Did you know that over 1000 new parents each week in Australia are diagnosed with postnatal depression (PND)? It’s a devastating statistic, and a debilitating illness. PND is not culturally, age or gender bias; and both men and women can suffer from it mildly, moderately or severely, immediately after birth or gradually in the weeks, months and year after birth. It can rear its ugly head after miscarriage, stillbirth, normal births, traumatic births and caesarean sections.
It is normal and common for women around day 3 post birth to feel teary, irritable, overly sensitive and moody. This is due to a woman’s hormone levels yo-yoing all over the place…around the same time as the milk is coming in…(convenient, right?!). It is okay to feel like this on and off for a few days, but if it persists, seek support and help is a must.
In light of September bringing awareness to depression and suicide through R U OK Day and it being Suicide Prevention Month, we thought this was apt timing to bring awareness to this commonly fought illness.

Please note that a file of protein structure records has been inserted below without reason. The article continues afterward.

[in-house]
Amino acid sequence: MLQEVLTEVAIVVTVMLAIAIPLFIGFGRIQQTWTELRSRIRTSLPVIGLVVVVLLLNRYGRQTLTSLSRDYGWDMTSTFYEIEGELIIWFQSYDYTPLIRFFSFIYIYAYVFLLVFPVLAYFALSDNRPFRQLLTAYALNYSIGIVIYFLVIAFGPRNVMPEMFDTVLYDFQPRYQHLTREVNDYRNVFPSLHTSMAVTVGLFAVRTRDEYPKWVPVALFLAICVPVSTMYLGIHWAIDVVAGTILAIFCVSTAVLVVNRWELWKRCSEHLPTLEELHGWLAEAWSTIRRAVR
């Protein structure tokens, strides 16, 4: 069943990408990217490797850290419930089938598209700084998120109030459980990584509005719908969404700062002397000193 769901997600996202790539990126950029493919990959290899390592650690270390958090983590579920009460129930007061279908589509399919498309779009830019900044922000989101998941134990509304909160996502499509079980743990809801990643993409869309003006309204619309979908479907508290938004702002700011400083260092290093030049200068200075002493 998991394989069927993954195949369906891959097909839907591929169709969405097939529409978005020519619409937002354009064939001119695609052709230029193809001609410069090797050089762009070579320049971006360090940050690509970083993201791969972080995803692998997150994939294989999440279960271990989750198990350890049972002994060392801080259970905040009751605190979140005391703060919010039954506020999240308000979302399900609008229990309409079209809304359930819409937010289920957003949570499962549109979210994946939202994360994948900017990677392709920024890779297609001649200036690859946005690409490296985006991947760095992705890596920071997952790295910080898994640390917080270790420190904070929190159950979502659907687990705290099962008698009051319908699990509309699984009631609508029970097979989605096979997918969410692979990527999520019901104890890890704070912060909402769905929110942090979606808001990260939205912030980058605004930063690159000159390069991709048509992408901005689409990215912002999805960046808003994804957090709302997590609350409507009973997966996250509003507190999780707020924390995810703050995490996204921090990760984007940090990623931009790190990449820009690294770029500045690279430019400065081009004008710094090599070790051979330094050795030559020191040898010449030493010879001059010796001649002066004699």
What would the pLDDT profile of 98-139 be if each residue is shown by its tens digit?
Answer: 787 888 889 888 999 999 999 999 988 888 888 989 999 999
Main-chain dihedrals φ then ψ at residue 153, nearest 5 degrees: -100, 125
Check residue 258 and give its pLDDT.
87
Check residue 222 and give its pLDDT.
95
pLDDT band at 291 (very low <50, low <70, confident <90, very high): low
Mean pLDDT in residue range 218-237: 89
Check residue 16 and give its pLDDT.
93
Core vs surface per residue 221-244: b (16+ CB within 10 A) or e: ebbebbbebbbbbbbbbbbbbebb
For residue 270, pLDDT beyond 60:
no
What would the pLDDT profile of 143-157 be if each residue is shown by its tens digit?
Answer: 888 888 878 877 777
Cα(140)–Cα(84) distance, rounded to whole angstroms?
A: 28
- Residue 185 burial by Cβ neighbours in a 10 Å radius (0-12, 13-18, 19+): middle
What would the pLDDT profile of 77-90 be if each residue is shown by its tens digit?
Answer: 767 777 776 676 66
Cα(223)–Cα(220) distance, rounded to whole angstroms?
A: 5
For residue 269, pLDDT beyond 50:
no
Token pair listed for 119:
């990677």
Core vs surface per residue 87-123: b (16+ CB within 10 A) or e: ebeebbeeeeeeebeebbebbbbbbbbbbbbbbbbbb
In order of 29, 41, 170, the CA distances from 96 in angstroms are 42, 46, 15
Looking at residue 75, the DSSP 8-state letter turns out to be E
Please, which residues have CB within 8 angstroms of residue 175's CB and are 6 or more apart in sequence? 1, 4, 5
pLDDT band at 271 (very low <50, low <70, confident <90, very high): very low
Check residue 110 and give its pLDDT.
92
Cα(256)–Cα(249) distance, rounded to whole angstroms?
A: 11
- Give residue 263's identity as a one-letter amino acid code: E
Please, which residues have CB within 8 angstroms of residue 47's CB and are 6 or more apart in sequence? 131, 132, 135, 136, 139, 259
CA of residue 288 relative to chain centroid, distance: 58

It is important to remember that this is an illness and not a reflection on you personally or as a mother or father. There are ways through postnatal depression, and we’ve provided a list of some of the support avenues out there at the bottom of this post. It is imperative that you seek professional help – speak to your GP.
Signs and Symptoms
According to PANDA, The Perinatal Anxiety & Depression Australia organisation, a combination of the following symptoms for someone suffering from PND is not uncommon:
- Sleep disturbance unrelated to baby’s sleep needs
- Appetite disturbance
- Crying or not being able to cry
- Inability to cope
- Negative, morbid or obsessive thoughts
- Fear of being alone or fear of being with others
- Memory difficulties and loss of concentration
- Feeling guilty and inadequate
- Loss of confidence and self-esteem
- Thoughts of harm to self, baby or suicide
– Beyond Blue and their support service: 1300 22 4636
– Contact your GP
Articles about PND:
– Men just as likely to suffer PND